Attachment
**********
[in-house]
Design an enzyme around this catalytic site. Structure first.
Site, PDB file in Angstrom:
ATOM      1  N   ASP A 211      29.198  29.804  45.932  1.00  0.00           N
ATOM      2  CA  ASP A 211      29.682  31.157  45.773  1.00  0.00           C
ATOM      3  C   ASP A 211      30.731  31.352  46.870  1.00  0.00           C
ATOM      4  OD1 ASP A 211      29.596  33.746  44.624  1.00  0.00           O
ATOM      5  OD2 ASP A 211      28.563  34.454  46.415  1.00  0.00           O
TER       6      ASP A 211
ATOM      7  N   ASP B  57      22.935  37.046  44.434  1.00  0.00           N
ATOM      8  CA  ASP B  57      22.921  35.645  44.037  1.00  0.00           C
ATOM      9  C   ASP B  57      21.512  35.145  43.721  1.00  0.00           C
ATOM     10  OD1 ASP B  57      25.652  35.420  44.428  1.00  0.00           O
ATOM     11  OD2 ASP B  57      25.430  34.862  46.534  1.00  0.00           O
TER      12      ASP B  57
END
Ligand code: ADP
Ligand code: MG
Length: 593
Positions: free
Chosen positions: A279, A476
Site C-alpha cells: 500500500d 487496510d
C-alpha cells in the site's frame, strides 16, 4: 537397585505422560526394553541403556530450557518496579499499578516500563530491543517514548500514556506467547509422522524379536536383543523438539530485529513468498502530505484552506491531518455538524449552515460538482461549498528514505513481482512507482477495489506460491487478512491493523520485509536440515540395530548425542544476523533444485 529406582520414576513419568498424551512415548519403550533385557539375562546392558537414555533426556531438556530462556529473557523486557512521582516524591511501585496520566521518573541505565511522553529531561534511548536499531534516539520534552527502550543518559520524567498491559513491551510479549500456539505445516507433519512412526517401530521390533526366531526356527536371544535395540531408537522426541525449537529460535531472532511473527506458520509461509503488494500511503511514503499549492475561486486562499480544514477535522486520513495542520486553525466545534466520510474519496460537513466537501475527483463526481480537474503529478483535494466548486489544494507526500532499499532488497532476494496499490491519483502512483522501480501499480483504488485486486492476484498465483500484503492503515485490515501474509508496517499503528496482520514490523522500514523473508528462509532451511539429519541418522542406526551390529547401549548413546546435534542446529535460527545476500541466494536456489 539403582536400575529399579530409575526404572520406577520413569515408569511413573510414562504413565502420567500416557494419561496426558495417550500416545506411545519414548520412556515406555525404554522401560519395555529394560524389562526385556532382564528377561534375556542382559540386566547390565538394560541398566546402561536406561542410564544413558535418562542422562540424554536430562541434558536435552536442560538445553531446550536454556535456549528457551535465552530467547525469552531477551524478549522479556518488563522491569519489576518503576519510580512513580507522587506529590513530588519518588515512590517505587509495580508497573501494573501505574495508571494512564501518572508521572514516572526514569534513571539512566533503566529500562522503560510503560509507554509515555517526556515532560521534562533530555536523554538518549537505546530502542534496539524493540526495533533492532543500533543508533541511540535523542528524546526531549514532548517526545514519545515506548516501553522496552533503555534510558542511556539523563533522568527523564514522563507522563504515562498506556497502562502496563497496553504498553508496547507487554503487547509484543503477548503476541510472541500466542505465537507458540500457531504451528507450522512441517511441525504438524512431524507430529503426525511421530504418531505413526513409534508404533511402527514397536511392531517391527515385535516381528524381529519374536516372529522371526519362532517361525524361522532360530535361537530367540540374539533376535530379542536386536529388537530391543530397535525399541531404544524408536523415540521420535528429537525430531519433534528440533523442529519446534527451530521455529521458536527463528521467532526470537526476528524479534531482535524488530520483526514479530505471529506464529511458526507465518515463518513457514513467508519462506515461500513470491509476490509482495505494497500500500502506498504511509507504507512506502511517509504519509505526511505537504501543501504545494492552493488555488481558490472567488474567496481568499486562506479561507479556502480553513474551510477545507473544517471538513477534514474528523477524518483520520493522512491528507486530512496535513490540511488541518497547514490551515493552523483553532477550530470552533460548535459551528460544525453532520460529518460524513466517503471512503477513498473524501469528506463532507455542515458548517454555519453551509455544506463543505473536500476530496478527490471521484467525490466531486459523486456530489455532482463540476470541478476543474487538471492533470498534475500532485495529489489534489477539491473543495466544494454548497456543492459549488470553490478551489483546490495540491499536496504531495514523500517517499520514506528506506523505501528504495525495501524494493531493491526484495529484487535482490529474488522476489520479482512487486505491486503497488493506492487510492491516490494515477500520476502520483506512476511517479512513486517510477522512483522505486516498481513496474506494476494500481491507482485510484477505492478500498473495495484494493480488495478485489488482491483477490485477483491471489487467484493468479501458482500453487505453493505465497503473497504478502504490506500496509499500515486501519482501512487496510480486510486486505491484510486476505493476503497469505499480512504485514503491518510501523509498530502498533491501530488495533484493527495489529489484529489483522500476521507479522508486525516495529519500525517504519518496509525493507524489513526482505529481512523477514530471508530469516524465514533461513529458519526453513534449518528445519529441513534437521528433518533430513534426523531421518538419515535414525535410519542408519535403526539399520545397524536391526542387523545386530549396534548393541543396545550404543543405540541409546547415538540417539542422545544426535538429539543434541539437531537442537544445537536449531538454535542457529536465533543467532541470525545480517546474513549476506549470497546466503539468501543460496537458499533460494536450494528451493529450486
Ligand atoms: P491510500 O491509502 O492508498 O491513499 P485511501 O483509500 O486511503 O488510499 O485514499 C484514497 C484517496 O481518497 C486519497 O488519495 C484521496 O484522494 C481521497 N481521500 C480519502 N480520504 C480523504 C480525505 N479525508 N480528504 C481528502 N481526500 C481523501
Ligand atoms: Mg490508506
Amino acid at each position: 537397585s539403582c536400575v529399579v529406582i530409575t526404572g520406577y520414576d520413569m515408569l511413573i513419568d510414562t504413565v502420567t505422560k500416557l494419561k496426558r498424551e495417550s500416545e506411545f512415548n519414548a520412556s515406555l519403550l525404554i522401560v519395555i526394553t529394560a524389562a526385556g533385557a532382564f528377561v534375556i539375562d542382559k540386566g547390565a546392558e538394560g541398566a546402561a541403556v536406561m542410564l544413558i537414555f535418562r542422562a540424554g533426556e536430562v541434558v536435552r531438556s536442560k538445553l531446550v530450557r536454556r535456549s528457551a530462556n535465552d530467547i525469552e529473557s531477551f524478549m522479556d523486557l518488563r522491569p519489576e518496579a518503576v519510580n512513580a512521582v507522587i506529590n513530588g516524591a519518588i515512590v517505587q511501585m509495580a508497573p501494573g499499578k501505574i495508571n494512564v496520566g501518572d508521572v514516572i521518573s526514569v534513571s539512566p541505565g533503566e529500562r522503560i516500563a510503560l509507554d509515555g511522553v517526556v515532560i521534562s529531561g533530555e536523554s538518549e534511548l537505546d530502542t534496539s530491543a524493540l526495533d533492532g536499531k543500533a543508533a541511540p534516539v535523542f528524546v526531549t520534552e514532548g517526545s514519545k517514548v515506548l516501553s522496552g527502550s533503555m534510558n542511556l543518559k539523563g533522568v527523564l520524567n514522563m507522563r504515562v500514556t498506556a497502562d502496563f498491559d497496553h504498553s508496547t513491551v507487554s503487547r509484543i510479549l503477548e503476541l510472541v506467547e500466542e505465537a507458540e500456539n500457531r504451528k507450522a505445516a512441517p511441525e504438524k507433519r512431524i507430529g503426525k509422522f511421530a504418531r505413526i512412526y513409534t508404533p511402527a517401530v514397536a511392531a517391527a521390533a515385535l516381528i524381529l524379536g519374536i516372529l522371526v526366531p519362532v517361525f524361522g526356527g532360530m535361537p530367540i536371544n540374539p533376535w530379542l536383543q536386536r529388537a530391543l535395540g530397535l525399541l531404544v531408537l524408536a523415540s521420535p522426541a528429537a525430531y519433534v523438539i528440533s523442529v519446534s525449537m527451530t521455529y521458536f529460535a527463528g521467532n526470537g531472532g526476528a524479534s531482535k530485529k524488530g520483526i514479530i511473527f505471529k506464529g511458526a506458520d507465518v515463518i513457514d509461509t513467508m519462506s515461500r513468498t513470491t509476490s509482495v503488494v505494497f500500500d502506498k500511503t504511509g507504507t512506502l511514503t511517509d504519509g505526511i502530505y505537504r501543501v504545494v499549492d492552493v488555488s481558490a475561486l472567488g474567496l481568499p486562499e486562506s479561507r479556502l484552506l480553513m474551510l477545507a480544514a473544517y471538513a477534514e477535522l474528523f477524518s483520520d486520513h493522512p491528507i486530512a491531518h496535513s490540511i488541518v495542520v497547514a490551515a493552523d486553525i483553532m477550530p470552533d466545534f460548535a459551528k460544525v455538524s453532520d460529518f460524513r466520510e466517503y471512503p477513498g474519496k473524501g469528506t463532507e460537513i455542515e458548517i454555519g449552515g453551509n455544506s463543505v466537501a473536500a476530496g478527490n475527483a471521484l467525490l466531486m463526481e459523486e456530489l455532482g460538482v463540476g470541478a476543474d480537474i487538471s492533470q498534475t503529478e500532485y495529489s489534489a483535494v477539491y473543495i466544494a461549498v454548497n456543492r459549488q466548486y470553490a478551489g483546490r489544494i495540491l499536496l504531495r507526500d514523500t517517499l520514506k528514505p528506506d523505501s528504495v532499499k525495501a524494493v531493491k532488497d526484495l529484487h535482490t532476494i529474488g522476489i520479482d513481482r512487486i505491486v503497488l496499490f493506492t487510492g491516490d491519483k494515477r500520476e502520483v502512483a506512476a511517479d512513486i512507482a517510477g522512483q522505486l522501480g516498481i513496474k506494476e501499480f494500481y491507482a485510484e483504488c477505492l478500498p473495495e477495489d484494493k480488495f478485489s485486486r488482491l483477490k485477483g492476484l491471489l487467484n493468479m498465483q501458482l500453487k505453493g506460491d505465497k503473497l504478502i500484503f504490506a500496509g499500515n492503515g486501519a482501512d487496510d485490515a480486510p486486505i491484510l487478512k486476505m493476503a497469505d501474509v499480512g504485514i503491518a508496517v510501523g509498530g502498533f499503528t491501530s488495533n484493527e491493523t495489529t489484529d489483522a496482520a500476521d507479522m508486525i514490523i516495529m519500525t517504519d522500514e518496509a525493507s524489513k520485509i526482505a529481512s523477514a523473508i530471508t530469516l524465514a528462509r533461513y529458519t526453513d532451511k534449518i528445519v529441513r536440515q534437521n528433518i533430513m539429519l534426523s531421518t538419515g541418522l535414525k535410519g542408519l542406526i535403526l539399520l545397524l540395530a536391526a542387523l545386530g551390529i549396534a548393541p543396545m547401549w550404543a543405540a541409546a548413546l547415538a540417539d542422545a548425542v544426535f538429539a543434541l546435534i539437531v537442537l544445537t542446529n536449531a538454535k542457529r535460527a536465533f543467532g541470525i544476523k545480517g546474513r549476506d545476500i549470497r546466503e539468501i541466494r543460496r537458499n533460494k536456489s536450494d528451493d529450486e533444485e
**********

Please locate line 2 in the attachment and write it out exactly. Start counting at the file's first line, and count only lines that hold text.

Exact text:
Design an enzyme around this catalytic site. Structure first.